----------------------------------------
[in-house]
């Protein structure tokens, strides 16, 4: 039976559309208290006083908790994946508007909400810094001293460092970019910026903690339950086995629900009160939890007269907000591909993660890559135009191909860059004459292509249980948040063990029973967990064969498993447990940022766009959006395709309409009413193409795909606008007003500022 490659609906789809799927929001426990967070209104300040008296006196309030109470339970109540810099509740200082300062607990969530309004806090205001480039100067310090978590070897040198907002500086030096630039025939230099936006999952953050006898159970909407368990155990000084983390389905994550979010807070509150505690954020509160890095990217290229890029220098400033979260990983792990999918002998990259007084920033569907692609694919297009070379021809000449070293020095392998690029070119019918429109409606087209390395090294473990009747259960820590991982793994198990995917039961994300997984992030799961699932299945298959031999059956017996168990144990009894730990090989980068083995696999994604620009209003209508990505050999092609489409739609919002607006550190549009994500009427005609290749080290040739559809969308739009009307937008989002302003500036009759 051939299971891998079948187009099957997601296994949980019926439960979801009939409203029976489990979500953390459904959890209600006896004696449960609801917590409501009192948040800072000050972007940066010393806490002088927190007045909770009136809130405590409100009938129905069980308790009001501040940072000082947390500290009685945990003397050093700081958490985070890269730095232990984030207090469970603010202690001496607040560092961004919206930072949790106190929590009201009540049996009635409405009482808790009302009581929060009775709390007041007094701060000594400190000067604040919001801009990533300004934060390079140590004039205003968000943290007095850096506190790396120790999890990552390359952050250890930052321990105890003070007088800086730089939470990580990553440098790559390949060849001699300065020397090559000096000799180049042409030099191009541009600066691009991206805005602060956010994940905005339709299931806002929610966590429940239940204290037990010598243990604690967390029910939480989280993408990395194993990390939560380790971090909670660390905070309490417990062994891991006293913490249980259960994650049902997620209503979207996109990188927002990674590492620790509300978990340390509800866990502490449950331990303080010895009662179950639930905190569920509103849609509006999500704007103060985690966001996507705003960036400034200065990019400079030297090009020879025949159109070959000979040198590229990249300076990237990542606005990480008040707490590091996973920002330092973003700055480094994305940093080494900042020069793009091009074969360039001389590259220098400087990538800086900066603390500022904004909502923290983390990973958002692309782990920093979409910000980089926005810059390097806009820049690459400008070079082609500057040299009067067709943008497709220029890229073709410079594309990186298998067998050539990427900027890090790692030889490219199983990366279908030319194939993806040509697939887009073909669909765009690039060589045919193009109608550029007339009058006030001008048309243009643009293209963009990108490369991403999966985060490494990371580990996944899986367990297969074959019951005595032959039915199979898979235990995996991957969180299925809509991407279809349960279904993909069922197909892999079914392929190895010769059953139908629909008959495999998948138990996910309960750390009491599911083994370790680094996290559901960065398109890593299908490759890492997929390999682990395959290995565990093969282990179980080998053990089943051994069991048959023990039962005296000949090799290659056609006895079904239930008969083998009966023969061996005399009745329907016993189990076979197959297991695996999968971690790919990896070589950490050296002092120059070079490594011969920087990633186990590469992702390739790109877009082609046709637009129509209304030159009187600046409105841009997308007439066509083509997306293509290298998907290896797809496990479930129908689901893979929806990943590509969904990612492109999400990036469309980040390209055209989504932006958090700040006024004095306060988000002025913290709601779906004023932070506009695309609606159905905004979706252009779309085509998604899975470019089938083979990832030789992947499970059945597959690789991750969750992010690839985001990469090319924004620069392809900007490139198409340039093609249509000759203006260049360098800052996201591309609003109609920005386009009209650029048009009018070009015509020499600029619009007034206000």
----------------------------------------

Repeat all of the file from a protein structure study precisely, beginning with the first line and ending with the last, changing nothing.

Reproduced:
[in-house]
């Protein structure tokens, strides 16, 4: 039976559309208290006083908790994946508007909400810094001293460092970019910026903690339950086995629900009160939890007269907000591909993660890559135009191909860059004459292509249980948040063990029973967990064969498993447990940022766009959006395709309409009413193409795909606008007003500022 490659609906789809799927929001426990967070209104300040008296006196309030109470339970109540810099509740200082300062607990969530309004806090205001480039100067310090978590070897040198907002500086030096630039025939230099936006999952953050006898159970909407368990155990000084983390389905994550979010807070509150505690954020509160890095990217290229890029220098400033979260990983792990999918002998990259007084920033569907692609694919297009070379021809000449070293020095392998690029070119019918429109409606087209390395090294473990009747259960820590991982793994198990995917039961994300997984992030799961699932299945298959031999059956017996168990144990009894730990090989980068083995696999994604620009209003209508990505050999092609489409739609919002607006550190549009994500009427005609290749080290040739559809969308739009009307937008989002302003500036009759 051939299971891998079948187009099957997601296994949980019926439960979801009939409203029976489990979500953390459904959890209600006896004696449960609801917590409501009192948040800072000050972007940066010393806490002088927190007045909770009136809130405590409100009938129905069980308790009001501040940072000082947390500290009685945990003397050093700081958490985070890269730095232990984030207090469970603010202690001496607040560092961004919206930072949790106190929590009201009540049996009635409405009482808790009302009581929060009775709390007041007094701060000594400190000067604040919001801009990533300004934060390079140590004039205003968000943290007095850096506190790396120790999890990552390359952050250890930052321990105890003070007088800086730089939470990580990553440098790559390949060849001699300065020397090559000096000799180049042409030099191009541009600066691009991206805005602060956010994940905005339709299931806002929610966590429940239940204290037990010598243990604690967390029910939480989280993408990395194993990390939560380790971090909670660390905070309490417990062994891991006293913490249980259960994650049902997620209503979207996109990188927002990674590492620790509300978990340390509800866990502490449950331990303080010895009662179950639930905190569920509103849609509006999500704007103060985690966001996507705003960036400034200065990019400079030297090009020879025949159109070959000979040198590229990249300076990237990542606005990480008040707490590091996973920002330092973003700055480094994305940093080494900042020069793009091009074969360039001389590259220098400087990538800086900066603390500022904004909502923290983390990973958002692309782990920093979409910000980089926005810059390097806009820049690459400008070079082609500057040299009067067709943008497709220029890229073709410079594309990186298998067998050539990427900027890090790692030889490219199983990366279908030319194939993806040509697939887009073909669909765009690039060589045919193009109608550029007339009058006030001008048309243009643009293209963009990108490369991403999966985060490494990371580990996944899986367990297969074959019951005595032959039915199979898979235990995996991957969180299925809509991407279809349960279904993909069922197909892999079914392929190895010769059953139908629909008959495999998948138990996910309960750390009491599911083994370790680094996290559901960065398109890593299908490759890492997929390999682990395959290995565990093969282990179980080998053990089943051994069991048959023990039962005296000949090799290659056609006895079904239930008969083998009966023969061996005399009745329907016993189990076979197959297991695996999968971690790919990896070589950490050296002092120059070079490594011969920087990633186990590469992702390739790109877009082609046709637009129509209304030159009187600046409105841009997308007439066509083509997306293509290298998907290896797809496990479930129908689901893979929806990943590509969904990612492109999400990036469309980040390209055209989504932006958090700040006024004095306060988000002025913290709601779906004023932070506009695309609606159905905004979706252009779309085509998604899975470019089938083979990832030789992947499970059945597959690789991750969750992010690839985001990469090319924004620069392809900007490139198409340039093609249509000759203006260049360098800052996201591309609003109609920005386009009209650029048009009018070009015509020499600029619009007034206000």